Almost 100,000 people are at risk of developing type 2 diabetes in Kent and Medway. But for many, there are steps you can take to reduce your risk.
Type 2 diabetes is a common condition that causes the level of sugar (glucose) in the blood to become too high.
People living with diabetes face a higher risk of heart disease, stroke, nerve damage, foot problems, vision loss, kidney problems, and dying from Covid-19.
You can prevent type 2 diabetes by eating a healthy, balanced diet, maintaining a healthy weight, and keeping physically active.
This year, Type 2 Diabetes Prevention Week takes place from Monday, 23 to Sunday, 29 May.
We have joined Diabetes UK and NHS England to raise awareness of the risk of developing type 2 diabetes and how to reduce it.
‘Don’t ignore your risk’
A woman who has overcome type 2 diabetes is urging others who are at risk of the illness to act.
Shirley Spurgeon, from Southborough in Tunbridge Wells, joined the Healthier You NHS Diabetes Prevention Programme run by Xyla Health & Wellbeing in April 2021 after being told that she was prediabetic.
As an avid tennis player with a healthy body mass index (BMI), the 77-year-old was shocked to learn she could develop type 2 diabetes if she failed to make lifestyle changes.
“I have never worried about weight, but the inches had gone on around my waist without realising it," she said.
“I was so surprised when I was told I was prediabetic. I tried to make some changes alone but soon realised I needed help and advice.”
Shirley, who has two children and six grandchildren, received support to help control her carbohydrate intake, make healthy food swaps, and manage stress levels.
‘No longer prediabetic’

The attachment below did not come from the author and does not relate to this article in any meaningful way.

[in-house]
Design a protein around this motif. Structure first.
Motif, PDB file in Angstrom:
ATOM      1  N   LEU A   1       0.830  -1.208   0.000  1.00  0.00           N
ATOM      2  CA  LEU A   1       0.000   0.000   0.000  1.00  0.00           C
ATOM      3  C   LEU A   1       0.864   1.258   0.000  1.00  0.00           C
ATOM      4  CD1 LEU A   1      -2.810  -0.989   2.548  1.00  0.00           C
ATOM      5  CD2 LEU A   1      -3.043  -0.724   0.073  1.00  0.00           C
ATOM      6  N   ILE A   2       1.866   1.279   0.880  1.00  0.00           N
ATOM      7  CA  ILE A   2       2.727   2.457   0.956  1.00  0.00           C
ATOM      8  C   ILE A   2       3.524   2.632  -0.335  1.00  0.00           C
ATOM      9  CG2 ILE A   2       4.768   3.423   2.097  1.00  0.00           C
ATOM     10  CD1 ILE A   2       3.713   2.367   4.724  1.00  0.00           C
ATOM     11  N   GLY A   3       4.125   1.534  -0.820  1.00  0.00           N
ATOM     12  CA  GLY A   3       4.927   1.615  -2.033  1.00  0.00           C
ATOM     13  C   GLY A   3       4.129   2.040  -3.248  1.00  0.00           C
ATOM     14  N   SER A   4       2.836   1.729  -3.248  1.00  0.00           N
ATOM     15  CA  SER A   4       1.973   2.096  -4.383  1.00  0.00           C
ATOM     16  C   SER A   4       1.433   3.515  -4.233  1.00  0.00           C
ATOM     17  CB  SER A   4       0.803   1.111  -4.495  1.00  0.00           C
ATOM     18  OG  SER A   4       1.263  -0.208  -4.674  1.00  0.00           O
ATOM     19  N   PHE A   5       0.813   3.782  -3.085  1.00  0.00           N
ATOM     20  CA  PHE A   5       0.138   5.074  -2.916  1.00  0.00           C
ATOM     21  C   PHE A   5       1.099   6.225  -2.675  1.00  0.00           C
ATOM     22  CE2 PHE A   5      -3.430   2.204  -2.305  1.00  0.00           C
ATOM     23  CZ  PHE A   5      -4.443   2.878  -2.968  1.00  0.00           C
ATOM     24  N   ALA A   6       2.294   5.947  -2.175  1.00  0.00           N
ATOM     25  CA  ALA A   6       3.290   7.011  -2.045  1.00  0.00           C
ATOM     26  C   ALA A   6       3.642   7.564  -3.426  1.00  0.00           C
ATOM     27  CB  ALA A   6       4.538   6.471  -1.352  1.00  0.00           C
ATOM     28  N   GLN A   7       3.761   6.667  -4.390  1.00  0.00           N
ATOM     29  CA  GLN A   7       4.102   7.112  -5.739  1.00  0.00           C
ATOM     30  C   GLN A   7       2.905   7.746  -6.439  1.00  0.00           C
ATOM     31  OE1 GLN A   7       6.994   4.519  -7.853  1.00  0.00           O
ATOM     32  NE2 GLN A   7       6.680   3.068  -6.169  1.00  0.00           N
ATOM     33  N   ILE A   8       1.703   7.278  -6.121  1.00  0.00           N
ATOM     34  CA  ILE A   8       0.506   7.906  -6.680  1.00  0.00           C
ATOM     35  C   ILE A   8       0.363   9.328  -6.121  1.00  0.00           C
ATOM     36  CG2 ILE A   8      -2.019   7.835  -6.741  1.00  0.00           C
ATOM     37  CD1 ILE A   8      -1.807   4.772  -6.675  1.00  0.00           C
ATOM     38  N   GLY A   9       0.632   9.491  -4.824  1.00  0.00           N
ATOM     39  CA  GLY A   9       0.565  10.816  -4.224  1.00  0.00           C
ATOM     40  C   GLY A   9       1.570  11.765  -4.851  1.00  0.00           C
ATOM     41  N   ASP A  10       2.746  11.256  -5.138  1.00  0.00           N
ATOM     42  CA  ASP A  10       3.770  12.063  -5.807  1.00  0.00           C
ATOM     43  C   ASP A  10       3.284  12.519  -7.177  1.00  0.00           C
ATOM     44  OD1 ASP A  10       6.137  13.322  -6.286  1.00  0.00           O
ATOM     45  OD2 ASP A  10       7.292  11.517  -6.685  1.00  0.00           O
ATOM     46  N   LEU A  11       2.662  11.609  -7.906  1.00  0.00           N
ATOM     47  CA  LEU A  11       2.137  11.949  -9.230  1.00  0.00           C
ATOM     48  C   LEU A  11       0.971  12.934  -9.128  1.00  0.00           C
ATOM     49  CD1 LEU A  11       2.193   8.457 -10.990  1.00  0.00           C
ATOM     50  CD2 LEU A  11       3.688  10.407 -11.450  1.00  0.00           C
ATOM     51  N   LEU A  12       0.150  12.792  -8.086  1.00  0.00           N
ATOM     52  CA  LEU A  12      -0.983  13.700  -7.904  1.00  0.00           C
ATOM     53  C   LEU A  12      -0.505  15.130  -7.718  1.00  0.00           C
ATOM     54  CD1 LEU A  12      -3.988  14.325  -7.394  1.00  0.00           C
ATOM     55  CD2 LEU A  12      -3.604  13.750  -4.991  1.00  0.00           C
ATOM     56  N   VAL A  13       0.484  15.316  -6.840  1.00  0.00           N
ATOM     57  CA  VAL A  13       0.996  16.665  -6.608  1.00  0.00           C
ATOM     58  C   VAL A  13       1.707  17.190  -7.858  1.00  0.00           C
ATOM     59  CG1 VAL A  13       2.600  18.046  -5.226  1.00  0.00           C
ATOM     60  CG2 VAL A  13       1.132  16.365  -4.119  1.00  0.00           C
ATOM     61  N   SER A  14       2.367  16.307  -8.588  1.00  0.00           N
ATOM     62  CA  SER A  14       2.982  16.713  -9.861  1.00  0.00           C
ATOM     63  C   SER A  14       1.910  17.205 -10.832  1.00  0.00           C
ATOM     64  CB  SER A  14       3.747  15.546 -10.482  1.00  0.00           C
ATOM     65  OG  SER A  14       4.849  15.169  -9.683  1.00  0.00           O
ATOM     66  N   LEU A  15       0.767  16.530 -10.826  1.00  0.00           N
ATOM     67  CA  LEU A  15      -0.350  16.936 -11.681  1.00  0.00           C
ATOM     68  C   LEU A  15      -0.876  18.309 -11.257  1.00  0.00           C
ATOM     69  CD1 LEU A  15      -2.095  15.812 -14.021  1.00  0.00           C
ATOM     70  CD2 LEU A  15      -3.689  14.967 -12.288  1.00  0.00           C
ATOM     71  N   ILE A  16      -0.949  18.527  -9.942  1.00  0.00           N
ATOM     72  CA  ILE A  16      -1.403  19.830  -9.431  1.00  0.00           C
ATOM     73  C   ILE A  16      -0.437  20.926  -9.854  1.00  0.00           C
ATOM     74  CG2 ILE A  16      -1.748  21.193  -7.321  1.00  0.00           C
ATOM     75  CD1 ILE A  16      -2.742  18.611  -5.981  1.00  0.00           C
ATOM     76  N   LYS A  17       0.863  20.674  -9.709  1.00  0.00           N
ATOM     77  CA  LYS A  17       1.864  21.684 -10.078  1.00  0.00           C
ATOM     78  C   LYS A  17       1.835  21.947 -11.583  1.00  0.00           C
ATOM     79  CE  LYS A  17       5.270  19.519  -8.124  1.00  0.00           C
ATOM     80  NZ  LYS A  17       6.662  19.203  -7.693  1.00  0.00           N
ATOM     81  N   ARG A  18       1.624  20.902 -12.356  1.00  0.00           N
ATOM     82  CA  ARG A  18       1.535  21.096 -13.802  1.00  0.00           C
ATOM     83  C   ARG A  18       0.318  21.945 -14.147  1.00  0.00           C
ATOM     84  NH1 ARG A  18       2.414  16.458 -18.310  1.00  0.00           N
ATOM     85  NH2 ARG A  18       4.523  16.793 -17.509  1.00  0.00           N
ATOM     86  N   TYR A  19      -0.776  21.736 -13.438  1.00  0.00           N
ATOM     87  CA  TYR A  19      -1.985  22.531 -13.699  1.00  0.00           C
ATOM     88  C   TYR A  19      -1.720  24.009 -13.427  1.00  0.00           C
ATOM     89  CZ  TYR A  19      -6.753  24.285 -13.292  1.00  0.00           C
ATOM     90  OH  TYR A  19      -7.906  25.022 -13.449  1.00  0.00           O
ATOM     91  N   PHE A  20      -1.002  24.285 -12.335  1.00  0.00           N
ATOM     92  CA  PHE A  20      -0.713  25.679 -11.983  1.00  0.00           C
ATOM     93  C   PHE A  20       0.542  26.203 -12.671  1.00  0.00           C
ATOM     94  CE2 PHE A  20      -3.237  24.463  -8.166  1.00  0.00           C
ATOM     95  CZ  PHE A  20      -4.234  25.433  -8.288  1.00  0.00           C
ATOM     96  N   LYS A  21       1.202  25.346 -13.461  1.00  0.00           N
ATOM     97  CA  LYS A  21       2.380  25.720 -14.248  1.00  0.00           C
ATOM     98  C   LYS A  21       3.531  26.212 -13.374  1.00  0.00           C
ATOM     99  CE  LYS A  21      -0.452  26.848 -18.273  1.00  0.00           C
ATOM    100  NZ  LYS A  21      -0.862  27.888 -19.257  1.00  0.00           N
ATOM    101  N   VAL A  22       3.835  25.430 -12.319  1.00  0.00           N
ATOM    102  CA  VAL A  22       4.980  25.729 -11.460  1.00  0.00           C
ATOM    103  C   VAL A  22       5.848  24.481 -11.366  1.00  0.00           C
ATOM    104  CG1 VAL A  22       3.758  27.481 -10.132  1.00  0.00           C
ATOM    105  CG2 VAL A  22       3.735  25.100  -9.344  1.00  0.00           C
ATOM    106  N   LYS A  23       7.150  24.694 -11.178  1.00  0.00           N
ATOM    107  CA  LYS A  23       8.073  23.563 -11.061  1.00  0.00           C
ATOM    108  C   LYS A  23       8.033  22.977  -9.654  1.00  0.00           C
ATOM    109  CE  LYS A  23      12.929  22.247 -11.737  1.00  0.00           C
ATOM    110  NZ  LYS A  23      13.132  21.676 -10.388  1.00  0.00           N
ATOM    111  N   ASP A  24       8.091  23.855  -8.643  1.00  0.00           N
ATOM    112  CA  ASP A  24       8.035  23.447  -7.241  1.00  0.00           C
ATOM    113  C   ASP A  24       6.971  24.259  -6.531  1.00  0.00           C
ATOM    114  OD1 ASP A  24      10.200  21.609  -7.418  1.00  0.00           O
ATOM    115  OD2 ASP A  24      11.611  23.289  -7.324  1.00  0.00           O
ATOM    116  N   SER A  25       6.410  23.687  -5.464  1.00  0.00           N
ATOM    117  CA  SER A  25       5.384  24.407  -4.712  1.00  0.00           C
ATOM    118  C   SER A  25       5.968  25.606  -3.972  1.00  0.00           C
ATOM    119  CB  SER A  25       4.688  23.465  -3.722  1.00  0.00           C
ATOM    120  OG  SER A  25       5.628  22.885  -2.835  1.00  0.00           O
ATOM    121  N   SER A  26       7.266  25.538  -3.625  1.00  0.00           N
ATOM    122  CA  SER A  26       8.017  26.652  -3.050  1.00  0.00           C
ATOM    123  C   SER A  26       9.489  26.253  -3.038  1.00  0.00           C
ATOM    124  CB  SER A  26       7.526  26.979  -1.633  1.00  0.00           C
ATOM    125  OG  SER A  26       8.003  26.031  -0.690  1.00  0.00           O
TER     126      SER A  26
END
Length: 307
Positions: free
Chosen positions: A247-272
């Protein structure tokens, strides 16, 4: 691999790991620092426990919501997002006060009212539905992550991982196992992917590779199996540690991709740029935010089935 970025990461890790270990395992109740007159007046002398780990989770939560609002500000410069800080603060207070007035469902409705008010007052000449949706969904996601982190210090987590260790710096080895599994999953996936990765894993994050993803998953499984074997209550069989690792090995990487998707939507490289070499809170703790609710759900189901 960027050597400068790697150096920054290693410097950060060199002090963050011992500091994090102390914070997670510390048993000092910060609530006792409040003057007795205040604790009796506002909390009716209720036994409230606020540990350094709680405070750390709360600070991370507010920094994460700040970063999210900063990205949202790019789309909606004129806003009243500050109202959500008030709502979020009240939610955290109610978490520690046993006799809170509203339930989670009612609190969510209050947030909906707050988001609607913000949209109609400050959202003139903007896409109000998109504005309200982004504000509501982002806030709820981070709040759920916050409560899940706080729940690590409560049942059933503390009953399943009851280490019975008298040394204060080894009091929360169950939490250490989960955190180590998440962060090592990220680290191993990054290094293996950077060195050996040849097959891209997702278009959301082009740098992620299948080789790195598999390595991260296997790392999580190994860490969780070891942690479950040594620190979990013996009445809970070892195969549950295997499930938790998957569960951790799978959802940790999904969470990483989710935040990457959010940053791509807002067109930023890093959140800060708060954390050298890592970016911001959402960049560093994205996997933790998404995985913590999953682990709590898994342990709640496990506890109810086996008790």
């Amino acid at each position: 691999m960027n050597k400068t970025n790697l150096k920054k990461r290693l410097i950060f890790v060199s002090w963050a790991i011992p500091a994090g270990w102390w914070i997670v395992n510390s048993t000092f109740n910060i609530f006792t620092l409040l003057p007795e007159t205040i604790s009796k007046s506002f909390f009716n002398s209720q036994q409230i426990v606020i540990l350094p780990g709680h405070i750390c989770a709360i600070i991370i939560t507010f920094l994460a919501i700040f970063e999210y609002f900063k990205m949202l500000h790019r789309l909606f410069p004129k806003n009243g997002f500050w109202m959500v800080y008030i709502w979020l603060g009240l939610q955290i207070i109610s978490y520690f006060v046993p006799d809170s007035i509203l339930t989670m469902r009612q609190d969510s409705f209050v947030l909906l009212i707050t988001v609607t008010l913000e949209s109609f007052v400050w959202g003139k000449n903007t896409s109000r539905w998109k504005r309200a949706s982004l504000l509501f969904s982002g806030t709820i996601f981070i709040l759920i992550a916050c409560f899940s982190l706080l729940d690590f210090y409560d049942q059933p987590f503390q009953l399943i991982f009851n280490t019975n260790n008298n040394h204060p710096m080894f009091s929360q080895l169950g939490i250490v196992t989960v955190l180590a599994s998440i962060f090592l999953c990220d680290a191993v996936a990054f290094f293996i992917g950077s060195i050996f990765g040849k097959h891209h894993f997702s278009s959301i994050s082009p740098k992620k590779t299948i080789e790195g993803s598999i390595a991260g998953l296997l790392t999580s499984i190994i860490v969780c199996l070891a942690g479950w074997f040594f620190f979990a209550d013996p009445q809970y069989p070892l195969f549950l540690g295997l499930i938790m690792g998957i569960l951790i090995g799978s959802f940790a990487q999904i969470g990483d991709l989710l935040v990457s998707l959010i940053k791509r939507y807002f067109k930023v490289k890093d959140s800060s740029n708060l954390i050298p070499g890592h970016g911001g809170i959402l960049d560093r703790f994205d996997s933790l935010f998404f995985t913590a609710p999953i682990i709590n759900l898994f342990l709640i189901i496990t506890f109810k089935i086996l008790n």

“I’m so impressed with the course; I lost four inches around my waist, I’ve got plenty of energy and I’m still playing tennis.
“My blood sugar has dropped, and I am no longer prediabetic. I am now just focusing on maintaining it.
“If you are prediabetic, don’t ignore it as it is one of the few things you can turn around.”
Symptoms of type 2 diabetes are:
- going to the toilet more often, especially at night
- feeling more tired
- losing weight without trying
- genital itching or thrush
- cuts and wounds taking longer to heal
- blurred vision
- feeling extremely thirsty.
Dr Rebecca Prince, GP Clinical Lead for Diabetes for Kent and Medway, said:
“Type 2 diabetes is extremely treatable, but it does carry risks to your heart, kidneys, feet and eyes.
“If you think you may be at risk of diabetes, it's important to speak to your GP practice about having a blood test to see if you have what we call prediabetes or even diabetes itself.
“If you have prediabetes, there is a lot we can do to reduce your risk of developing diabetes. There are evidence-based programmes we can refer you to, and we can put you in touch with other organisations that can help make lifestyle changes to reduce your risk.”